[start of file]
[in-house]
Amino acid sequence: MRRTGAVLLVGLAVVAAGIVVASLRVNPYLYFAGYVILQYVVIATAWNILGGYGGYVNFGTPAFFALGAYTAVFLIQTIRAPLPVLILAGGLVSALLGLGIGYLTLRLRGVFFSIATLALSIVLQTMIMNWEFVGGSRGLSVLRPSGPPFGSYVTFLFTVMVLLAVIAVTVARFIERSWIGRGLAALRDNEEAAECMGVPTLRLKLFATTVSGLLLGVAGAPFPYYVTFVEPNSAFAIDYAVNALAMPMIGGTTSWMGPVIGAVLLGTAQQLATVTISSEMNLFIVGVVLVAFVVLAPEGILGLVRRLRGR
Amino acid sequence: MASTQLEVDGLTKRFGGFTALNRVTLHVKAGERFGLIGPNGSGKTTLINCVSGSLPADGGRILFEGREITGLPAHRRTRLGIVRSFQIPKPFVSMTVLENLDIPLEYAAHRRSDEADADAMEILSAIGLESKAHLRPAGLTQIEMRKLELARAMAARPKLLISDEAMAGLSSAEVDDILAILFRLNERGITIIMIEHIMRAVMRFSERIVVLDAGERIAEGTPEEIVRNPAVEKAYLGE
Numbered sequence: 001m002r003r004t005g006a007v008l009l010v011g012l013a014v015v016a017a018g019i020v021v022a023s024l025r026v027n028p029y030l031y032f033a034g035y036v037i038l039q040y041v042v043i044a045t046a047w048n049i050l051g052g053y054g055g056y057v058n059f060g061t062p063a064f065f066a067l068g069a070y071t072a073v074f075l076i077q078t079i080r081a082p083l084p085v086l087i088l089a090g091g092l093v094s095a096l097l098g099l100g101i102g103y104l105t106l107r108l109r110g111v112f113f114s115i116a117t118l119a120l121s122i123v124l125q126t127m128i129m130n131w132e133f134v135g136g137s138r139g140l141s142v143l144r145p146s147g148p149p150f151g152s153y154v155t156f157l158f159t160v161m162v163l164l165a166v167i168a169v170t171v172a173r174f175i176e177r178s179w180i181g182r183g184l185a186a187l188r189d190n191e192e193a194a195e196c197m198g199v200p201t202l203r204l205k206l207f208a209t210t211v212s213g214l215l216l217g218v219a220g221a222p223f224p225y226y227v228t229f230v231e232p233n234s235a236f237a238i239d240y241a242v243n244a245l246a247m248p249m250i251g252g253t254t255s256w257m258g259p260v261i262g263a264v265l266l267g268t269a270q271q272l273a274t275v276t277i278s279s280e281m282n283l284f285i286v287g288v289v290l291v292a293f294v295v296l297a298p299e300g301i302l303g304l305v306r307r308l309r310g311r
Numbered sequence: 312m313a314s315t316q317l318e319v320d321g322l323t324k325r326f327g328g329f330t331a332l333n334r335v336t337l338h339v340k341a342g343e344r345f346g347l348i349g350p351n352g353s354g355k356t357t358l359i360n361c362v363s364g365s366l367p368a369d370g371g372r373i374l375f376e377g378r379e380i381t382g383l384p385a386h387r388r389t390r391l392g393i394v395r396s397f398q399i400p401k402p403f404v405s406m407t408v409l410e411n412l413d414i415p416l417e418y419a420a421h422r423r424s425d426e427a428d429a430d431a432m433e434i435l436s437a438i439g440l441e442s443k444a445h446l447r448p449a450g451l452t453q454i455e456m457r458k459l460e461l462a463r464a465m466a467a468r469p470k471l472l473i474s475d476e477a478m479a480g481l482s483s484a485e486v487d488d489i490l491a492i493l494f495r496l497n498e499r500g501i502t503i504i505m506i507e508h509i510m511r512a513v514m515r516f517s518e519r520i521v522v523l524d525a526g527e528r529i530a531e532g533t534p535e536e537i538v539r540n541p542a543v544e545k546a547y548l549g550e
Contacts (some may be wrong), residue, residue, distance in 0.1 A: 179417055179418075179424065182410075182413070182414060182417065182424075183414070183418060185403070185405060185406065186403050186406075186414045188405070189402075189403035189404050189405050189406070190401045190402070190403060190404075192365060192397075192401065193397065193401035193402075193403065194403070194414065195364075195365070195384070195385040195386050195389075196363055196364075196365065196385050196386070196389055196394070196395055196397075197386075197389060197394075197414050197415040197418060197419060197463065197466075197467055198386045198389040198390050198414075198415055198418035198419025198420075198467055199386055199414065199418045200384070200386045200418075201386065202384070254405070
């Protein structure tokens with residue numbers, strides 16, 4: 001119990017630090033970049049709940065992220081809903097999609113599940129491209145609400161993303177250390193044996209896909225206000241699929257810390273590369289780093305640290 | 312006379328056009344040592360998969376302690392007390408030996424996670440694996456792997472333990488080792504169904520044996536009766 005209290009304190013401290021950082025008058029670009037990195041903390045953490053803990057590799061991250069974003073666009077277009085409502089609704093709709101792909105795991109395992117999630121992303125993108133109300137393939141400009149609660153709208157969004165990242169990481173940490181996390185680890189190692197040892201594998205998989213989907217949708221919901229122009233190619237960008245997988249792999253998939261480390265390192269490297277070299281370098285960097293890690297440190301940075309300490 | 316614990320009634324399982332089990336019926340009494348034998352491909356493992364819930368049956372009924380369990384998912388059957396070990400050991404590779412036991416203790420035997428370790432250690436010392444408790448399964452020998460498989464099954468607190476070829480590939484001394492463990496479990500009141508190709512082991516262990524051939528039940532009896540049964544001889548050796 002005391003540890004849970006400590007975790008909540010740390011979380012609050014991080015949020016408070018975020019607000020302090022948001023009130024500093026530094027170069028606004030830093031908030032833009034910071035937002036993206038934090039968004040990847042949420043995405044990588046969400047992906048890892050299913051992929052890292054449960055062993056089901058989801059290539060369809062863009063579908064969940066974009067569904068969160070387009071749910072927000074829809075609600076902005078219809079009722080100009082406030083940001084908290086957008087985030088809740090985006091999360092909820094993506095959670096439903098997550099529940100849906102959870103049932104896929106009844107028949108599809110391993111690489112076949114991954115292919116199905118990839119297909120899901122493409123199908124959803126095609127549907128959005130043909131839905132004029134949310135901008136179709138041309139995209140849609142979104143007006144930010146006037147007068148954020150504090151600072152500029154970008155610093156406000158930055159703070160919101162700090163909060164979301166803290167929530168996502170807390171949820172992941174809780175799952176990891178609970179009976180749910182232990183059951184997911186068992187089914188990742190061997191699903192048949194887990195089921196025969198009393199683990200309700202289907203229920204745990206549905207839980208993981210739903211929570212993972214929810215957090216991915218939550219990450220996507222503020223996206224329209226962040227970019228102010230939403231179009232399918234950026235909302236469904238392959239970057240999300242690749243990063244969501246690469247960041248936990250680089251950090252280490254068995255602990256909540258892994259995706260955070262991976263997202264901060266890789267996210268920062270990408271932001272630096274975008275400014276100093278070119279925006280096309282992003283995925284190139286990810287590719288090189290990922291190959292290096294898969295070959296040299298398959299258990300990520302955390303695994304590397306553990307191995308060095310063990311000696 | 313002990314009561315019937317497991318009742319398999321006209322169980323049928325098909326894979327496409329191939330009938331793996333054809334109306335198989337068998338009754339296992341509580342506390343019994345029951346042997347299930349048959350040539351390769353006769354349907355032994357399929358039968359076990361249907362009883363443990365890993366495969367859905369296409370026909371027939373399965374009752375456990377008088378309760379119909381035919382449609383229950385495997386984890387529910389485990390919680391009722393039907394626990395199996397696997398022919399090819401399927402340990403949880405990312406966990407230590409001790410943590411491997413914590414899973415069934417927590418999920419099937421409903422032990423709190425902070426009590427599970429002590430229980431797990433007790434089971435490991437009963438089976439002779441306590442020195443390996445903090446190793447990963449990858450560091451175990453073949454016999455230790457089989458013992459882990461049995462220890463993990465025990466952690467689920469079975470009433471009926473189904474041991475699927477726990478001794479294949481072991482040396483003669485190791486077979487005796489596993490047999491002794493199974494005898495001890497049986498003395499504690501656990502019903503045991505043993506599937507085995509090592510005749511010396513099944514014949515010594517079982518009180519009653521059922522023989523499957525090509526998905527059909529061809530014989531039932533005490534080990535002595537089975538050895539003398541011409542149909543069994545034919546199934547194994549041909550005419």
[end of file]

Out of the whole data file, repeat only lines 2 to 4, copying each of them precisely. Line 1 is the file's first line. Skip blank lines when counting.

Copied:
Amino acid sequence: MRRTGAVLLVGLAVVAAGIVVASLRVNPYLYFAGYVILQYVVIATAWNILGGYGGYVNFGTPAFFALGAYTAVFLIQTIRAPLPVLILAGGLVSALLGLGIGYLTLRLRGVFFSIATLALSIVLQTMIMNWEFVGGSRGLSVLRPSGPPFGSYVTFLFTVMVLLAVIAVTVARFIERSWIGRGLAALRDNEEAAECMGVPTLRLKLFATTVSGLLLGVAGAPFPYYVTFVEPNSAFAIDYAVNALAMPMIGGTTSWMGPVIGAVLLGTAQQLATVTISSEMNLFIVGVVLVAFVVLAPEGILGLVRRLRGR
Amino acid sequence: MASTQLEVDGLTKRFGGFTALNRVTLHVKAGERFGLIGPNGSGKTTLINCVSGSLPADGGRILFEGREITGLPAHRRTRLGIVRSFQIPKPFVSMTVLENLDIPLEYAAHRRSDEADADAMEILSAIGLESKAHLRPAGLTQIEMRKLELARAMAARPKLLISDEAMAGLSSAEVDDILAILFRLNERGITIIMIEHIMRAVMRFSERIVVLDAGERIAEGTPEEIVRNPAVEKAYLGE
Numbered sequence: 001m002r003r004t005g006a007v008l009l010v011g012l013a014v015v016a017a018g019i020v021v022a023s024l025r026v027n028p029y030l031y032f033a034g035y036v037i038l039q040y041v042v043i044a045t046a047w048n049i050l051g052g053y054g055g056y057v058n059f060g061t062p063a064f065f066a067l068g069a070y071t072a073v074f075l076i077q078t079i080r081a082p083l084p085v086l087i088l089a090g091g092l093v094s095a096l097l098g099l100g101i102g103y104l105t106l107r108l109r110g111v112f113f114s115i116a117t118l119a120l121s122i123v124l125q126t127m128i129m130n131w132e133f134v135g136g137s138r139g140l141s142v143l144r145p146s147g148p149p150f151g152s153y154v155t156f157l158f159t160v161m162v163l164l165a166v167i168a169v170t171v172a173r174f175i176e177r178s179w180i181g182r183g184l185a186a187l188r189d190n191e192e193a194a195e196c197m198g199v200p201t202l203r204l205k206l207f208a209t210t211v212s213g214l215l216l217g218v219a220g221a222p223f224p225y226y227v228t229f230v231e232p233n234s235a236f237a238i239d240y241a242v243n244a245l246a247m248p249m250i251g252g253t254t255s256w257m258g259p260v261i262g263a264v265l266l267g268t269a270q271q272l273a274t275v276t277i278s279s280e281m282n283l284f285i286v287g288v289v290l291v292a293f294v295v296l297a298p299e300g301i302l303g304l305v306r307r308l309r310g311r